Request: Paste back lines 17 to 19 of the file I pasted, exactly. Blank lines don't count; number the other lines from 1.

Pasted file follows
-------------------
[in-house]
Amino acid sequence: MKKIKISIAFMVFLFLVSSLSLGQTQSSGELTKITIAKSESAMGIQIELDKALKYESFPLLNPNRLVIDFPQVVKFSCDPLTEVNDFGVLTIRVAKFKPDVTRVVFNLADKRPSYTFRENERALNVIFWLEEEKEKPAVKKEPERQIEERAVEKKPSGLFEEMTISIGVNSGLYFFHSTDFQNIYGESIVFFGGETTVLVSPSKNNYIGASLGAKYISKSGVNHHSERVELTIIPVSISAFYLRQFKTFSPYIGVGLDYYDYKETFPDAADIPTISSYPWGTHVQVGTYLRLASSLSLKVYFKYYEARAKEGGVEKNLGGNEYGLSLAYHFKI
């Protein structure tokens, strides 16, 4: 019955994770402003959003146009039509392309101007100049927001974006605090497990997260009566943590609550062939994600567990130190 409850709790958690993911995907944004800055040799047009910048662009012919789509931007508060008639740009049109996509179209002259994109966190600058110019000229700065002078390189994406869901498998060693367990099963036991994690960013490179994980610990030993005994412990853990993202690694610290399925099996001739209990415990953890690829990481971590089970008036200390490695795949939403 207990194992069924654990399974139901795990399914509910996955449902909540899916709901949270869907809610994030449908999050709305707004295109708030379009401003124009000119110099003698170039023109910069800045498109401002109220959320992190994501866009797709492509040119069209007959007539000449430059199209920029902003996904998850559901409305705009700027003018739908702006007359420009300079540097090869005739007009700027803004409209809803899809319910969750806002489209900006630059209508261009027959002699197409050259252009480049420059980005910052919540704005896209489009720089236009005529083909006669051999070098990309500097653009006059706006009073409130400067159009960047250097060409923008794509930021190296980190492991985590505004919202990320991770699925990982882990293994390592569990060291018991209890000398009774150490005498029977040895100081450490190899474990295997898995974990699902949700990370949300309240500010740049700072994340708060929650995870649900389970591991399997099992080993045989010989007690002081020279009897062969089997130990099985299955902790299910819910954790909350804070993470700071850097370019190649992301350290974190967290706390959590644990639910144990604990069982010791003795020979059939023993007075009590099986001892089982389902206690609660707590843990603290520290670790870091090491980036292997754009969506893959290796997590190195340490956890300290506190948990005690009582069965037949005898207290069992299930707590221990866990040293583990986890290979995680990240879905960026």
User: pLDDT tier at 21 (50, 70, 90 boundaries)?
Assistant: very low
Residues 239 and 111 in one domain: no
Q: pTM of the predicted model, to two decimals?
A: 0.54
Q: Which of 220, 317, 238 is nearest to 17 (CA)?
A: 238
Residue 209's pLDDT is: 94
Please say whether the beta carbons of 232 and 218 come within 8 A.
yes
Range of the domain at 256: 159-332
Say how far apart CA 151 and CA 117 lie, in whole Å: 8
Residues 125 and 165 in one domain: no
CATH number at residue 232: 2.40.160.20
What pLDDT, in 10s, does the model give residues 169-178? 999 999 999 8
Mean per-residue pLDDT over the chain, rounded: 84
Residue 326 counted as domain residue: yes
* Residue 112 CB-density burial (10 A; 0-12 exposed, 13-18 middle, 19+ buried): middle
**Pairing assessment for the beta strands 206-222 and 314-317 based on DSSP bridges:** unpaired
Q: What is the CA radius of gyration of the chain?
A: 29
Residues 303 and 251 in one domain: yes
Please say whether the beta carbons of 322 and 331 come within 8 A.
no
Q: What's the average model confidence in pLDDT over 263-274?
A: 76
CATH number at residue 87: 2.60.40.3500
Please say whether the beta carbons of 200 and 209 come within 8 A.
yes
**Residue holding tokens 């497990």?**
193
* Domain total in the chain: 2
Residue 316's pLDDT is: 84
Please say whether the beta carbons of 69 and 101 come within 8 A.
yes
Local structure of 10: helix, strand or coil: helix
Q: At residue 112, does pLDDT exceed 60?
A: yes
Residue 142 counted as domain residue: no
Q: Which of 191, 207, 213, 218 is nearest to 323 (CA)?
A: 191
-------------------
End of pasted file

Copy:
CATH number at residue 232: 2.40.160.20
What pLDDT, in 10s, does the model give residues 169-178? 999 999 999 8
Mean per-residue pLDDT over the chain, rounded: 84